Nobody is born a designer.
Lemonly’s artists have plenty in common, but our individual stories have been critical in leading us to our jobs and helping us do the best work we can every day. Our backgrounds, upbringings, education, and influences all have a part to play in bringing beautiful visuals to life.
Over months and years of working with each of my fellow designers, I’ve learned a lot – both from them and about them. But we couldn’t just keep all that to ourselves! Here’s what one of Lemonly’s most seasoned designers, Brett Hanes, has to say about his work, inspirations, and aspirations.
1. Describe what you do in five words or less.
Design sweet visuals all day.
2. When did you know you wanted to be a designer?
I don’t recall a particular moment or event that had me convinced, but I was first exposed to the world of design during my time at SDSU. Before that, I wasn’t really sure what a designer was, but I’ve always wanted to make a living being creative somehow.
3. If you weren’t a designer, you’d be a…
Maybe I’d be a carpenter. I could see myself getting into any field where I get to use my hands to make things.
4. Your dream design project is…
I’ve been a hardcore 49ers fan my whole life, so i’d be overjoyed to do a project with the team.
Note: Brett did get to illustrate a few members of his favorite team for a San Francisco infographic a few years ago. Close!
5. What’s your favorite color, and why?
My favorite color has always been blue. It’s rarely found in nature, and most ancient cultures didn’t even have a word for it, which I find really fascinating.
6. What’s the best piece of advice you’ve received (and who said it)?
Something my design professors always told me was “Don’t get too attached to your work.” Creatives need to be able to accept criticism without taking it personally.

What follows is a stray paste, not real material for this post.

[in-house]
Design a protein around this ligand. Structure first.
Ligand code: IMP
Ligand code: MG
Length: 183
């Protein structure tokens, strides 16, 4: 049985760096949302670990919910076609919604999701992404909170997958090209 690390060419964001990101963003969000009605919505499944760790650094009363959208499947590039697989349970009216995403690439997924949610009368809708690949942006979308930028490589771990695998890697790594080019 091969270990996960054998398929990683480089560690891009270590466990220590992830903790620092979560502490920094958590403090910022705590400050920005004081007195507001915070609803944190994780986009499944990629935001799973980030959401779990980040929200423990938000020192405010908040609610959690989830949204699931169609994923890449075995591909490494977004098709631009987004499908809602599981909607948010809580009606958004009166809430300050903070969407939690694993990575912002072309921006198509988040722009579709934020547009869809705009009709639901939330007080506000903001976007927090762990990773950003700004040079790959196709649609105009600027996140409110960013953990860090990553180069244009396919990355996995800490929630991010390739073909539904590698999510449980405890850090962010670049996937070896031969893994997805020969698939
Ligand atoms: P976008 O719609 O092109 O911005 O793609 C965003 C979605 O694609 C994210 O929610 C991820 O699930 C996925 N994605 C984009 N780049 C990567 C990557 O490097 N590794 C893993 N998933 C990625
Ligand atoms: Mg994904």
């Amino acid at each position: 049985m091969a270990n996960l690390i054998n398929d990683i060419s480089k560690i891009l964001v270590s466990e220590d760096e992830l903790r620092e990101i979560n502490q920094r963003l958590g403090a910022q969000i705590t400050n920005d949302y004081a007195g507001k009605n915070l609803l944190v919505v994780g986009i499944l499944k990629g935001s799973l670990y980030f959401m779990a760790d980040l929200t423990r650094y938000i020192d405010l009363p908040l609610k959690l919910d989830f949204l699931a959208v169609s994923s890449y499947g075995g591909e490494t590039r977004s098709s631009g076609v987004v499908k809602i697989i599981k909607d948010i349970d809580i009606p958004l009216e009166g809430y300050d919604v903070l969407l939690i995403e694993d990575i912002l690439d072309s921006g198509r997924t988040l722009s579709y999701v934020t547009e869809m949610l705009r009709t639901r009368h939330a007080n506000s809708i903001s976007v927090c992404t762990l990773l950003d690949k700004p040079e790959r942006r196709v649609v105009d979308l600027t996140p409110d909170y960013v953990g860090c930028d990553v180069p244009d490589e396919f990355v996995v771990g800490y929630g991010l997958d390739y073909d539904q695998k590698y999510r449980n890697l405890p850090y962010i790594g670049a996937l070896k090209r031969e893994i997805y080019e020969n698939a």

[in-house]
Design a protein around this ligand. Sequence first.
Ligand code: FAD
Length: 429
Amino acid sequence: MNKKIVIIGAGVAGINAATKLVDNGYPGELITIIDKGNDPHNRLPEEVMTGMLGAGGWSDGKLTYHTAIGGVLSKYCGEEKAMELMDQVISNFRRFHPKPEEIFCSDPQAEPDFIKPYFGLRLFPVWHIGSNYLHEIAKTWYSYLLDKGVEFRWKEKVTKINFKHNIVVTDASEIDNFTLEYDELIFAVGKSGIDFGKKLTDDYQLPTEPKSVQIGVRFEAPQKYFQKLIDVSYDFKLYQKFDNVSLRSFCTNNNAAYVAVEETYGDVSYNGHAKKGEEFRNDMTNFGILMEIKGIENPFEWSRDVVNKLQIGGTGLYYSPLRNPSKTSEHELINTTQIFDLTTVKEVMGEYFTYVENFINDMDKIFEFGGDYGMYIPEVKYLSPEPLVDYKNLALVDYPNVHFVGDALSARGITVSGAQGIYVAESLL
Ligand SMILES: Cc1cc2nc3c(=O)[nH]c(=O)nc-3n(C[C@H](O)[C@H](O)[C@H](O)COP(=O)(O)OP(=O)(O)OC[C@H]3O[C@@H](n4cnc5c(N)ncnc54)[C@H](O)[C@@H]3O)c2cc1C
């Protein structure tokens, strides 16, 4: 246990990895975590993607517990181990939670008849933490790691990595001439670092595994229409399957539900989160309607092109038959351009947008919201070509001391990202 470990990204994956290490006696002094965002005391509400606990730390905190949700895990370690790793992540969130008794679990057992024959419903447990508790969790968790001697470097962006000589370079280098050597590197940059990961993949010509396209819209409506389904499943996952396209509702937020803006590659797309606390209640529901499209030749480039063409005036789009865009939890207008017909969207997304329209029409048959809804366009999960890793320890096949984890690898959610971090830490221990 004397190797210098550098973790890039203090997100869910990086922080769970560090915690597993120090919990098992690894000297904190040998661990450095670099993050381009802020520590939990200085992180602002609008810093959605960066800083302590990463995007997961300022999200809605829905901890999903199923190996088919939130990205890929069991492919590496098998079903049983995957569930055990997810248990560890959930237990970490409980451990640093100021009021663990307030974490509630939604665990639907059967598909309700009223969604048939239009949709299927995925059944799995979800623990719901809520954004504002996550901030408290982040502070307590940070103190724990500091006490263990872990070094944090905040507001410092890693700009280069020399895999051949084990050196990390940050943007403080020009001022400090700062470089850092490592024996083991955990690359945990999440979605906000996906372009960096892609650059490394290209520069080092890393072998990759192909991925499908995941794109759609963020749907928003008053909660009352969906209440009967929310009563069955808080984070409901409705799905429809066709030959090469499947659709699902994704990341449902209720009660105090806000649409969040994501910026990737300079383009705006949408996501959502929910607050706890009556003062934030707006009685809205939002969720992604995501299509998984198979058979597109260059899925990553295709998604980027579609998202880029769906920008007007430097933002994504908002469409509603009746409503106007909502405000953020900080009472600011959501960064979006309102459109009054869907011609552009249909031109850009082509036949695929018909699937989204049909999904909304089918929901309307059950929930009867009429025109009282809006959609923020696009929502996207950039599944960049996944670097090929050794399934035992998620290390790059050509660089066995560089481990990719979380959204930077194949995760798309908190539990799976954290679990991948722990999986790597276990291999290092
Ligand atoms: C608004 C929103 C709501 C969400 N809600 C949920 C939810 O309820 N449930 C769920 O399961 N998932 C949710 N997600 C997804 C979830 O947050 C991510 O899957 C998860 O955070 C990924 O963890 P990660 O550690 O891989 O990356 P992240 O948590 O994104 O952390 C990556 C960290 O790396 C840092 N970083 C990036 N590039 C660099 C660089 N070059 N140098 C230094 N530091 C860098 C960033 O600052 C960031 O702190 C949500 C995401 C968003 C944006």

7. The quality in others you most admire is…
I admire someone with strong confidence, but it’s best paired with humility.
8. You’re secretly really good at…
It’s no secret around the office, but I’m pretty good at drinking large amounts of water when I want to.
9. What contribution will you make to the creative community in the next 10 years?
In the next ten years, hopefully I’ll spend thousands of hours creating things that in some way inspire others. My work has been inspired by so many others, and I want to give that back to the world.
10. What question are you dying to answer that we haven’t asked?
How do you measure the success of design?
11. What’s the answer?
Discerning design’s tangible success is difficult to quantify. There are quantitative factors like marketing metrics, browsing behavior, and ROI, but often, numbers don’t tell the whole story. Every project is different, but I like to factor in both quantitative and qualitative things — the latter having a high level of subjectivity. We can’t measure aesthetic appeal, but we can listen to what people have to say, especially our clients. If a project is solving client problems and they keep coming back with positive feedback, that’s success.
So, there you have it. Next time you see Brett strolling downtown Sioux Falls, you’ll have something more interesting to talk about than the weather.
Feeling inspired by all this design talk? Check out three of his favorite projects during his time as a Lemonhead.